If your employees value sustainable living, Gucci loafers or $1.8 million Nike Air Yeezys won’t translate well.

So, tomorrow morning, before you pick out your outfit, take a glance at your company’s Instagram account. Then find something that blends in with the workplace culture.

3) Make time for fun

I know this seems counterintuitive, but it’s imperative that your workplace is a balanced environment.

Think back to your dating days. Now imagine if you had to wear a suit 24/7 and could only talk about work. Would you stay in that relationship?

It requires diversity in dialogue and activities outside the office.

So, the next time you’re creating your quarter goals, remember to add some fun. Plan an outing to mini-golf, participate in a fundraiser, or even host a monthly game night for your team and their families.

Be creative. And most importantly, foster authenticity by making room for fun.

4) Read more than you react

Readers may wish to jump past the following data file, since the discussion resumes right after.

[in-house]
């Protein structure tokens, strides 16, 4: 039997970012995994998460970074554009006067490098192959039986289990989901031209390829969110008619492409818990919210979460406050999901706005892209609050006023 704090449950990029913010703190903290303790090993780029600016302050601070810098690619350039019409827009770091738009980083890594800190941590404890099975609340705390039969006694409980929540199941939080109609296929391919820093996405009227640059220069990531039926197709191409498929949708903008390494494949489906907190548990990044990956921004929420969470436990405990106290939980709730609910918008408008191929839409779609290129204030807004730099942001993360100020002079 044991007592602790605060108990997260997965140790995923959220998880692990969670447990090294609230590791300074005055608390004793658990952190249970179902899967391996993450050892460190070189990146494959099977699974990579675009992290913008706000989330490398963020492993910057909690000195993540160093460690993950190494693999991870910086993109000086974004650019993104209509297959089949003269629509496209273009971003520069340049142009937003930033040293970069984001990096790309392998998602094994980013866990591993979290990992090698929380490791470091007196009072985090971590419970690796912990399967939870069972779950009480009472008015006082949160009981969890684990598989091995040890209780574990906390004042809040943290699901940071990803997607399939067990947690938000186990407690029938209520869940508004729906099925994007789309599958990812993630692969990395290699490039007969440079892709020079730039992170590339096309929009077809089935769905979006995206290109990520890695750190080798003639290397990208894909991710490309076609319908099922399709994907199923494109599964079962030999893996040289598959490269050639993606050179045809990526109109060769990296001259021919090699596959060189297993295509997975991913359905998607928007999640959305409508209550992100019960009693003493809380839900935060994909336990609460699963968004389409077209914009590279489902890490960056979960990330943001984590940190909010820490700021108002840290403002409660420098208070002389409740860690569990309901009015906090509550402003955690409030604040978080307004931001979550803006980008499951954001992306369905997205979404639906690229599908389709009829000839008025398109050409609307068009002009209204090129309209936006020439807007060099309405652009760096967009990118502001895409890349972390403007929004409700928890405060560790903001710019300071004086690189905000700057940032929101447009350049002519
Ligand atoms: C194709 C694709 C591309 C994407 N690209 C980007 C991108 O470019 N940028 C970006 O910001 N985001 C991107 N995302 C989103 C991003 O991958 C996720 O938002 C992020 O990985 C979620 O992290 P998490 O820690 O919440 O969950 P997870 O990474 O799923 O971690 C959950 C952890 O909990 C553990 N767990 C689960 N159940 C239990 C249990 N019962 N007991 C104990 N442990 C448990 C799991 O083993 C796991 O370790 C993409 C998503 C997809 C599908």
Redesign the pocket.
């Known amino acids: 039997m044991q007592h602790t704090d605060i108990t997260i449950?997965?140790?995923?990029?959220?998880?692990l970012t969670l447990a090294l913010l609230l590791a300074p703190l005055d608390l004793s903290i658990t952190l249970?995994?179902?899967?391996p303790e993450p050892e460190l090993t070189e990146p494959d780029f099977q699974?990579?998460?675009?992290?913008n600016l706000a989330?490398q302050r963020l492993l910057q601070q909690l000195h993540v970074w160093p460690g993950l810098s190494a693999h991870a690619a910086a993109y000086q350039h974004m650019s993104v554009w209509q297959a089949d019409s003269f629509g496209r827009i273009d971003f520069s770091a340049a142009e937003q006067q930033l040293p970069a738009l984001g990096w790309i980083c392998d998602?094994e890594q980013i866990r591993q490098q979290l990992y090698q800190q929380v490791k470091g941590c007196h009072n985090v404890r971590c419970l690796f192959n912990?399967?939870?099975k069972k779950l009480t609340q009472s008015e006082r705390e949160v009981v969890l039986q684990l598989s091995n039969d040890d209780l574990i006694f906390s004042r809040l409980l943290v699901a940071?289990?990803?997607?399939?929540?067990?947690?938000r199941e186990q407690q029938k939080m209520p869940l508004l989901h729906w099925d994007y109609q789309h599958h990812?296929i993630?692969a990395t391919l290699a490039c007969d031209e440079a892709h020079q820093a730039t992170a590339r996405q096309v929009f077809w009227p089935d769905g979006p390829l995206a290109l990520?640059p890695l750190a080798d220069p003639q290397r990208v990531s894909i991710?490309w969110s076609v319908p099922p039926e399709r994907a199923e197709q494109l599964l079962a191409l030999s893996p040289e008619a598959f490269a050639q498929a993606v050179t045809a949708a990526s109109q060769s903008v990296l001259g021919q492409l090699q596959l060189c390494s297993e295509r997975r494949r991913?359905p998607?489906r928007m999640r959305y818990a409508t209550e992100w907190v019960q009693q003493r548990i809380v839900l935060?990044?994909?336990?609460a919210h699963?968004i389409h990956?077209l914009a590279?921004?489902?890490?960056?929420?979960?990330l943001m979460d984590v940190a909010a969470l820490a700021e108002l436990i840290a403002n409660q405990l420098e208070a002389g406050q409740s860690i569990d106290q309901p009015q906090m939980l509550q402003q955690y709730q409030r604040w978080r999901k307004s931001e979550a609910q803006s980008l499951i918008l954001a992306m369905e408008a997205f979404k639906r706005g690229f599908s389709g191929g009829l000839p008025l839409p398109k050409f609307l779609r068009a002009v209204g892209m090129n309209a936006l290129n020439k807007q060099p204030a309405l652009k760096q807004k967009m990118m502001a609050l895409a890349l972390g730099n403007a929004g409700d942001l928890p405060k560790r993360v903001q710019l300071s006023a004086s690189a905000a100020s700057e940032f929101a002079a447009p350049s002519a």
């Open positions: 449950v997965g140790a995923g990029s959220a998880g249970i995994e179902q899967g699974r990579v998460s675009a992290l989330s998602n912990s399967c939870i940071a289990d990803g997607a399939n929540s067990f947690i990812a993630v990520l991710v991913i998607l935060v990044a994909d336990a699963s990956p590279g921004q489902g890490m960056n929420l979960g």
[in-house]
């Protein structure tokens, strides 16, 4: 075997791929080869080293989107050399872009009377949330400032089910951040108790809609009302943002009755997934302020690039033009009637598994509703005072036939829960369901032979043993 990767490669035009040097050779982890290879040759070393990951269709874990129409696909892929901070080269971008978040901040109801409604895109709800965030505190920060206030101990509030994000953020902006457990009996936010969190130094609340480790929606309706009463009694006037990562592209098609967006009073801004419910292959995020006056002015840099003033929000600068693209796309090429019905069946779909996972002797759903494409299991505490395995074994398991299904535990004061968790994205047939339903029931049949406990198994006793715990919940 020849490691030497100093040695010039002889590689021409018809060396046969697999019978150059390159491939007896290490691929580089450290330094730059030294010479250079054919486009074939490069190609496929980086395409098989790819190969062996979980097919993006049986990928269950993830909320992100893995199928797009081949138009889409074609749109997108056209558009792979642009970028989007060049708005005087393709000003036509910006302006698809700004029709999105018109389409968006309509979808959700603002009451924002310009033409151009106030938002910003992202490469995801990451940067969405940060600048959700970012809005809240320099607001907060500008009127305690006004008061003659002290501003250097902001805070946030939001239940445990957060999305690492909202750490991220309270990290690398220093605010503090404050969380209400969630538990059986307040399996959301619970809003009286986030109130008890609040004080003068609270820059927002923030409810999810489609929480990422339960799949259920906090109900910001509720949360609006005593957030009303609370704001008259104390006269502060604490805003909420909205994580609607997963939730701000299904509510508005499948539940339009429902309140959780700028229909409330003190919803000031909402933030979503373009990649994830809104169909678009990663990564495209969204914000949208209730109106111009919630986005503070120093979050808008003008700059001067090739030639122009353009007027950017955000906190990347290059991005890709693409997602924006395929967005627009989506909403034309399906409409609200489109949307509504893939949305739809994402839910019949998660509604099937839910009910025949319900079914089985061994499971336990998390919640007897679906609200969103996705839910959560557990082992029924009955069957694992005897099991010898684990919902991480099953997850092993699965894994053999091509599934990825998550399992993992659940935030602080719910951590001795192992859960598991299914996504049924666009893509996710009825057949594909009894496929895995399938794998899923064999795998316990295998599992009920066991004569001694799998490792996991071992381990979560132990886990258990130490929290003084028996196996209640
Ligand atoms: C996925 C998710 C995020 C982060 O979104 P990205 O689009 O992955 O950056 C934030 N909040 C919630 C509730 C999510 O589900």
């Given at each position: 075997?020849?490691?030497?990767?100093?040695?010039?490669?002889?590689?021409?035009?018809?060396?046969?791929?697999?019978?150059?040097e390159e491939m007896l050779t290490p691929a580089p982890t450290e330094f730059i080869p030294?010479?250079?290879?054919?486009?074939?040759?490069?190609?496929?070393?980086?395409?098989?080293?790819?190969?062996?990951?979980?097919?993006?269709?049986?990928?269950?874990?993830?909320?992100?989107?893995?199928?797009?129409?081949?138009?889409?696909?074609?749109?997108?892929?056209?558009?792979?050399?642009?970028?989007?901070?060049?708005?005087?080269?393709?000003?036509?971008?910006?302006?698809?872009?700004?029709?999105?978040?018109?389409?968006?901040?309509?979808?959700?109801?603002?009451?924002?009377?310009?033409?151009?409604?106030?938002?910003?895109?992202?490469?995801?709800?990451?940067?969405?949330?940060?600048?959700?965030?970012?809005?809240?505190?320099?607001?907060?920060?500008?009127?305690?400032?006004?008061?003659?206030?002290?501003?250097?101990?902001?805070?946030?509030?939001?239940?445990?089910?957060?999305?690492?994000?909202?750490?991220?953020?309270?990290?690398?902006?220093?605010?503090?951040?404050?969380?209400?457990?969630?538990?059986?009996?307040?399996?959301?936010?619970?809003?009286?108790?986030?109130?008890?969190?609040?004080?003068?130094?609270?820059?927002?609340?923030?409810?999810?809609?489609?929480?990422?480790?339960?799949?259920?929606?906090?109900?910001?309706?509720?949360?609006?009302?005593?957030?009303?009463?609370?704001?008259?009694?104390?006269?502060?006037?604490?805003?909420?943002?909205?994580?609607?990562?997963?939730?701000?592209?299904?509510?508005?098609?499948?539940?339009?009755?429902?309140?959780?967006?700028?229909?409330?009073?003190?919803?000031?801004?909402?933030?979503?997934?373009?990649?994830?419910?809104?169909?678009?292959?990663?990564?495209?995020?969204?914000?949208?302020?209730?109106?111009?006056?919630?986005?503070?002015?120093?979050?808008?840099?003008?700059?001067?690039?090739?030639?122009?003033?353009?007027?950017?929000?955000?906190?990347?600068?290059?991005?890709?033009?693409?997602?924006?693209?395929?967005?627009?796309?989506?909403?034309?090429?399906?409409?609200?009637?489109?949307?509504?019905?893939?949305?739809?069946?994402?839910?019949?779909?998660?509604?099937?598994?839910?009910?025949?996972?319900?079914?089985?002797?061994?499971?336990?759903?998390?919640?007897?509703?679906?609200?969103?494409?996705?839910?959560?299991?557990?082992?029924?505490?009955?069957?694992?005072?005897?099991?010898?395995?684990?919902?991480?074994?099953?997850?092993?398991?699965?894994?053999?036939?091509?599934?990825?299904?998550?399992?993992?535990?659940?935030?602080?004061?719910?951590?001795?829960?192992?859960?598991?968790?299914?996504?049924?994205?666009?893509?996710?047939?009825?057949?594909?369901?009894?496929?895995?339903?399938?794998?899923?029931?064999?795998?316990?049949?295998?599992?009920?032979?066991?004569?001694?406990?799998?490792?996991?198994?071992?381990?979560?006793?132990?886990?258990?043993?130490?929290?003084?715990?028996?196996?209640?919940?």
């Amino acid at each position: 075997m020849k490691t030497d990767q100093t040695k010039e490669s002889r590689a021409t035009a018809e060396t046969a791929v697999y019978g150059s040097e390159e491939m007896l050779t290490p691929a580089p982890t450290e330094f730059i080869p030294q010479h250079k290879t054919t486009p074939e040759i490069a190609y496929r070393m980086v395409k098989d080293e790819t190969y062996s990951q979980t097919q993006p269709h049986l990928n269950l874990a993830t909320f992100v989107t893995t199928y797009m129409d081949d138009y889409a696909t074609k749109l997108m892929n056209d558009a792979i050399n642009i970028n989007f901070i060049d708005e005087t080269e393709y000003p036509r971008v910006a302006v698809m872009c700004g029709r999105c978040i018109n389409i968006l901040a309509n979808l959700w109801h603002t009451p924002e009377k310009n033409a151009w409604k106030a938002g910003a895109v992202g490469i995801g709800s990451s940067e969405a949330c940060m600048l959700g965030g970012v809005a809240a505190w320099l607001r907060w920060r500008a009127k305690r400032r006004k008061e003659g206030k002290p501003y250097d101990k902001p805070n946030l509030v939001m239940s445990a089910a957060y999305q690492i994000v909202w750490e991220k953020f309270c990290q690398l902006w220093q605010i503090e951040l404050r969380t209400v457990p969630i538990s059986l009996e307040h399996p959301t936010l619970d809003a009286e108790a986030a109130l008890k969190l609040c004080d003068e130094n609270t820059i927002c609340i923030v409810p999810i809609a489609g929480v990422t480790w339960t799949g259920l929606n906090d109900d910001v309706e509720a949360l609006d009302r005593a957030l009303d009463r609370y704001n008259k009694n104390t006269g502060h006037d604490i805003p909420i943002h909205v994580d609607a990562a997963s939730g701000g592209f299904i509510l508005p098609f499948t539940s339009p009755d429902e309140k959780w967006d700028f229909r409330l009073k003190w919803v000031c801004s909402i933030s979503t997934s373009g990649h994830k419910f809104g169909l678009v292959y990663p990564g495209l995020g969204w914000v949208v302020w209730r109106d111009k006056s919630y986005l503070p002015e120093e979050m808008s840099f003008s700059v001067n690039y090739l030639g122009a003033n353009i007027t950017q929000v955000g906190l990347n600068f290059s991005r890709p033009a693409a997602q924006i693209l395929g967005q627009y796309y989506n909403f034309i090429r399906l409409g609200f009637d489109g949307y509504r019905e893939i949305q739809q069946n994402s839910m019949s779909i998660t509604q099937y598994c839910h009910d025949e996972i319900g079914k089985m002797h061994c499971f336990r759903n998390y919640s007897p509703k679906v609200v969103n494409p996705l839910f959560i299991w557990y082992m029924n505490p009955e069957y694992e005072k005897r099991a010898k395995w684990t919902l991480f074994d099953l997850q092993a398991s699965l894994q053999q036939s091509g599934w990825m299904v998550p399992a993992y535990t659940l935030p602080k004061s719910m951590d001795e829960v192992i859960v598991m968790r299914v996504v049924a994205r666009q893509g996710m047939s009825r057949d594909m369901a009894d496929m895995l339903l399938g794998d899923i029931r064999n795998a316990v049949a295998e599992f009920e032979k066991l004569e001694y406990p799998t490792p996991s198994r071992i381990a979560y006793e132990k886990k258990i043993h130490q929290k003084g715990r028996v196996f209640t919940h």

As leaders, the first thing that we want to do is react.

We solve problems and connect the dots in under 10 seconds. But, if you want to create safe spaces, you need to embrace organic moments of awkwardness. And believe me, you’ll face some awkward moments.

It’s not an easy undertaking to create safe spaces. The transition can be difficult. But, you need to embrace these moments.

If you force everyone to get along right away, you’ll cheat your team from experiencing true inclusion. They might smile and go along with your ideas, but it won’t last long.

Safe spaces are messy. But, if you’re willing to give it time and embrace the deafening silence at times, you’ll create safe spaces that are filled with authentic conversation and community.

5) Don’t pressure your team to educate you about racism

This is huge.

After the murder of George Floyd, millions of well-meaning leaders pressured their friends and colleagues to educate them on racism.

I get this knee-jerk reaction. As leaders, we want to fix everything. But it’s not about fixing everything at once. And you won’t fix anything if you use those around you as educational resources.